Sunday 25 September 2016

We must continue to enjoy the benefits of travel in 2016

Travel Talk

Eoghan Corry

Published 05/01/2016 | 02:30

Soldiers of the Foreign Legion patrol along the Champs Elysees in Paris. AP Photo/Michel Euler
Soldiers of the Foreign Legion patrol along the Champs Elysees in Paris. AP Photo/Michel Euler

Do we stay or do we go in 2016? The question is being asked by even the well-travelled, which includes the majority of Irish people.

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It is a confusing time, as our most familiar travel destinations come under attack or under lockdown - London, Madrid, Paris, Brussels, Hanover and Munich - all in recent weeks.

A Russian plane was suspiciously lost in Egypt last October, and an Air Malaysia jet was shot down over Ukraine in 2014.

Both tragedies raise new questions on the old subject - whether it is safe to travel by air. Tunisia, where Lorna Carty and Martina and Laurence Hayes were killed on a terrible day in Sousse, is closed for business. Flights to Egypt are suspended until at least May.

A bomb was smuggled on board an aircraft in Turkey, where 112,000 Irish go each year. And it all happened when it appeared that, finally, the risk had been taken out of travel.

Sometime when we weren't looking, government departments took over the job of deciding where tourists could go and when.

Airlines decided which air space they could and couldn't fly over.

They told us they erred on the side of caution.

And so we thought, until things went horribly wrong - as they did in Sousse in June. Some things have changed in the world of travel, but not that many. People who love travel will continue to travel.

They will take the little risks that all travel entails, venturing outside their comfort zone, exploring and sampling the unfamiliar.

All travel is risky, but there are ways we can make sure it is not unnecessarily so.

Stay up to date. The Department of Foreign Affairs (DFA) website, www.dfa.ie, contains the latest Government advice provided by Irish ambassadors around the world and it is updated daily. Keep your travel options open for last-minute changes. Be prepared to avoid particular regions.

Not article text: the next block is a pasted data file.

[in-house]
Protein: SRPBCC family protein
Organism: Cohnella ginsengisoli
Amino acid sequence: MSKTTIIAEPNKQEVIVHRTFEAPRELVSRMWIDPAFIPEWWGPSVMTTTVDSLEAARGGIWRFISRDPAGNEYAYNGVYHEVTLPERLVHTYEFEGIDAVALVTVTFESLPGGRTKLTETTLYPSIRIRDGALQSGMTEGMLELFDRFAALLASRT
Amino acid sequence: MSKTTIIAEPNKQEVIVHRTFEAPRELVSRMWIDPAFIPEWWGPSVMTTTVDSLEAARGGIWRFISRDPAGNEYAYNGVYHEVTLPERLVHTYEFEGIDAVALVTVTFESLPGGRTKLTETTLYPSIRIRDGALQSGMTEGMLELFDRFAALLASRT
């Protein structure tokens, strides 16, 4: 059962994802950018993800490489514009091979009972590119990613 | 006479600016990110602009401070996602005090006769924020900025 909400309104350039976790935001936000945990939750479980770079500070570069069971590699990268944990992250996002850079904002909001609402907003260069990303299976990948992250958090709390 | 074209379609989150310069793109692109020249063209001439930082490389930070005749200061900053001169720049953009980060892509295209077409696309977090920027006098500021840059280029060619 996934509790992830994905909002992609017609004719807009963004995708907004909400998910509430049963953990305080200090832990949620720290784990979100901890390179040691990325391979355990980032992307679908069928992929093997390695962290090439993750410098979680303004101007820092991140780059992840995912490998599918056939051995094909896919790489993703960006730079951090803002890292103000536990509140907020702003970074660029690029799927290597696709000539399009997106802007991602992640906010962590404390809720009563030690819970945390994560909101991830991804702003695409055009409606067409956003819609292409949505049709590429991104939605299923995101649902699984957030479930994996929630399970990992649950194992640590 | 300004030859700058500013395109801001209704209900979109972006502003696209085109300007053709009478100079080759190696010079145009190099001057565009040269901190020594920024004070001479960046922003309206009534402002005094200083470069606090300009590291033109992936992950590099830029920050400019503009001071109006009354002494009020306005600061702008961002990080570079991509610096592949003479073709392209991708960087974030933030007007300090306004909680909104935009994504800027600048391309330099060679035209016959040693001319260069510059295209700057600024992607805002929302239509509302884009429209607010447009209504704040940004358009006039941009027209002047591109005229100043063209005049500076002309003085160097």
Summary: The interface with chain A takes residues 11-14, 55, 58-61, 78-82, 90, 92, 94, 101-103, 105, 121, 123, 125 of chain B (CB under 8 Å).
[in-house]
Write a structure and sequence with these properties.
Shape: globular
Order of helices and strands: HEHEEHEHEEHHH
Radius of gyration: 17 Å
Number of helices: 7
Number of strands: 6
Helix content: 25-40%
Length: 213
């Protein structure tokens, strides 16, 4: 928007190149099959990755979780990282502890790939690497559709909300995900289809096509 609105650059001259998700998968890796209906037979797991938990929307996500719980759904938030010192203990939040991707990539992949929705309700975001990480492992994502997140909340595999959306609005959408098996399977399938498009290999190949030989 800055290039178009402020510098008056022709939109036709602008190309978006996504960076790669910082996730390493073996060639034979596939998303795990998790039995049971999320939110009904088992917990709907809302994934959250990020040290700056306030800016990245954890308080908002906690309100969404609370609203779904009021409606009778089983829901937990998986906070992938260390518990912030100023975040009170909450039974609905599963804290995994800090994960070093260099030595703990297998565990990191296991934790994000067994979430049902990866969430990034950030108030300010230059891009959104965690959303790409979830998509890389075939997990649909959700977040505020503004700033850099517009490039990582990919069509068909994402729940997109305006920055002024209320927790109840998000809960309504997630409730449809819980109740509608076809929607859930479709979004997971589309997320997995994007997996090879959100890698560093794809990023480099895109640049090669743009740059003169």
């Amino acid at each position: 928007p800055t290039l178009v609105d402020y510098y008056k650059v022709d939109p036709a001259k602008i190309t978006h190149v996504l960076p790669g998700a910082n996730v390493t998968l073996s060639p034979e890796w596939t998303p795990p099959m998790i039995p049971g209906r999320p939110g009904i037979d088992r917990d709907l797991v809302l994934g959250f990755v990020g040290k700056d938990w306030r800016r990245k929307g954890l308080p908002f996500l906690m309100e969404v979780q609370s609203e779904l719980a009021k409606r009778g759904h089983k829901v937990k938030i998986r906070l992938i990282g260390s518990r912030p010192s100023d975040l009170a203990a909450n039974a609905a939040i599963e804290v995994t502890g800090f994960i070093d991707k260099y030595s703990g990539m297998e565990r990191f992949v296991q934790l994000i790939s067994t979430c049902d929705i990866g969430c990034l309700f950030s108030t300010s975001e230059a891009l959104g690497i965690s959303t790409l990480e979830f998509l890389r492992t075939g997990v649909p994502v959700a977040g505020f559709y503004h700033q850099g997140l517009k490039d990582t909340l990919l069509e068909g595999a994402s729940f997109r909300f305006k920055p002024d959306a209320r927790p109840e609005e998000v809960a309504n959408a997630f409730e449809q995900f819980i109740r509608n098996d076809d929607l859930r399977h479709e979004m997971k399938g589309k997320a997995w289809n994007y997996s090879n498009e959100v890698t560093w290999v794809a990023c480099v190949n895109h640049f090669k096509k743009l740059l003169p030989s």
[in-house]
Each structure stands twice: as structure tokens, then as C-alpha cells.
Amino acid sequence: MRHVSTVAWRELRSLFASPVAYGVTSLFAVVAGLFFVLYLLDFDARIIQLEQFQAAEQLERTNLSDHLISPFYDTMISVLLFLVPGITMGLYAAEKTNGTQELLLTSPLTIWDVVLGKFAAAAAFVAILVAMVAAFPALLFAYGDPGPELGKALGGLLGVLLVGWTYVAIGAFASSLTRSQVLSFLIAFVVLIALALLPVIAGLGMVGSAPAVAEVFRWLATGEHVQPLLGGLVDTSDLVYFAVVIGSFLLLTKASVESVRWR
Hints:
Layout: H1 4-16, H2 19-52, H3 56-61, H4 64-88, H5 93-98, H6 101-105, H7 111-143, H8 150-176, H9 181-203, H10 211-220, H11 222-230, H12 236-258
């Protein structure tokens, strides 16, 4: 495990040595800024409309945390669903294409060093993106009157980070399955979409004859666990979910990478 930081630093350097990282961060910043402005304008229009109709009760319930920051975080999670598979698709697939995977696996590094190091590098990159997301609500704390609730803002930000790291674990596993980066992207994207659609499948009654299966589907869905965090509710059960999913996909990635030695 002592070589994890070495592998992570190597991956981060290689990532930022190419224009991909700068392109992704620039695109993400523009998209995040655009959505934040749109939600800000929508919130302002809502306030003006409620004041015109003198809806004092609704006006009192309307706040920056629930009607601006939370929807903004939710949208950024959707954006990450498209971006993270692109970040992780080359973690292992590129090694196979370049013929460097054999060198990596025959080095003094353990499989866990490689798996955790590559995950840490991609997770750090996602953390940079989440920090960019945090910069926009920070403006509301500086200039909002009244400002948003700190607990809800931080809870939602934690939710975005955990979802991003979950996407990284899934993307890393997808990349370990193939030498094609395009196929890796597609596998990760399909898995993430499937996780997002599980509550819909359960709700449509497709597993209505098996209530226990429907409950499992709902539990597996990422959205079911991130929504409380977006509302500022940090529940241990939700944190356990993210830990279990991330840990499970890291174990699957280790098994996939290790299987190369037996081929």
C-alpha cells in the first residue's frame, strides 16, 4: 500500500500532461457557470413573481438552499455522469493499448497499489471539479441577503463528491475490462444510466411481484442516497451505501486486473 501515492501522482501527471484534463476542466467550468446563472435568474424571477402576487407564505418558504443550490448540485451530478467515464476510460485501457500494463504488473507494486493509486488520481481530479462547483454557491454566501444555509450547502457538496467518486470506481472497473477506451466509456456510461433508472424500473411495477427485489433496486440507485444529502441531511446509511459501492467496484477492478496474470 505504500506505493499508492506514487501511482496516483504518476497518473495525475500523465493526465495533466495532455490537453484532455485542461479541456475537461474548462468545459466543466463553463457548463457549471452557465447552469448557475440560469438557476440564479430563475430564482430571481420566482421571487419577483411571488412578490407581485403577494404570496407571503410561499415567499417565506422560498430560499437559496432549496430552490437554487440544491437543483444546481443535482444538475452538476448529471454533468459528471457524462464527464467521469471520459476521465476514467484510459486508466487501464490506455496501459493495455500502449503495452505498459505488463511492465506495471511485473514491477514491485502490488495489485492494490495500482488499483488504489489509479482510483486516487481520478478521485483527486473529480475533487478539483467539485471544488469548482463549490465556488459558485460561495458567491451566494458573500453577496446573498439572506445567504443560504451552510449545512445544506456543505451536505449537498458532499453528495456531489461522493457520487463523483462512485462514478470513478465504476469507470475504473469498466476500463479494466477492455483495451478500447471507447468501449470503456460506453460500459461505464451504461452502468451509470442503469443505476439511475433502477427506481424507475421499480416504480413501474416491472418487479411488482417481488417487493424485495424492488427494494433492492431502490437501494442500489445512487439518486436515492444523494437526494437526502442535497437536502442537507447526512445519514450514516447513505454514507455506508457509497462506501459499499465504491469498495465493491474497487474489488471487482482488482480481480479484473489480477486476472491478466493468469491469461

Let people know where you are and stay connected. The DFA has a registration facility for travellers, even to places not regarded as at-risk. Check out locations where there is free wifi before you go.

Use apps for free messaging, such as Viber, Skype or Tango. Have digital copies of your passport, credit card and travel insurance where you can access them. Make sure your travel insurance doesn't have restrictions, and bring your European Health Insurance Card if you are travelling in Europe.

Respect the locals. Dress down, wear the headscarf to the temple, church or mosque. Follow your instinct. Make sure it feels right. Travel where you are comfortable. Avoid public transport if the city daunts you. If language is a problem, factor that in.

Places that are on high alert with lots of armed soldiers can be reassuring for some, but scary for others.

Is your destination a place where women or minorities are not treated with enough respect? Is there an Irish embassy or consulate (or an EU one) you can turn to?

Evaluate the risk. Remember that 200 Irish people die abroad each year, mainly from the same things that kill them at home - drowning, road accidents and, most of all, the heart conditions they bring with them. Weigh up the risk versus the reward. Consider facts rather than opinions.

Be aware of who is talking up danger, and question their agenda. Be wary of fear-mongers. Alarmists, not militants, will cause most trouble for the world in travel in 2016.

If things go wrong, have a plan B.

Finally, keep travelling. Travel opens the minds of those who travel and also those who meet them along the way. If we stop seeking the fun and the joy that travel brings, who wins?

Irish Independent

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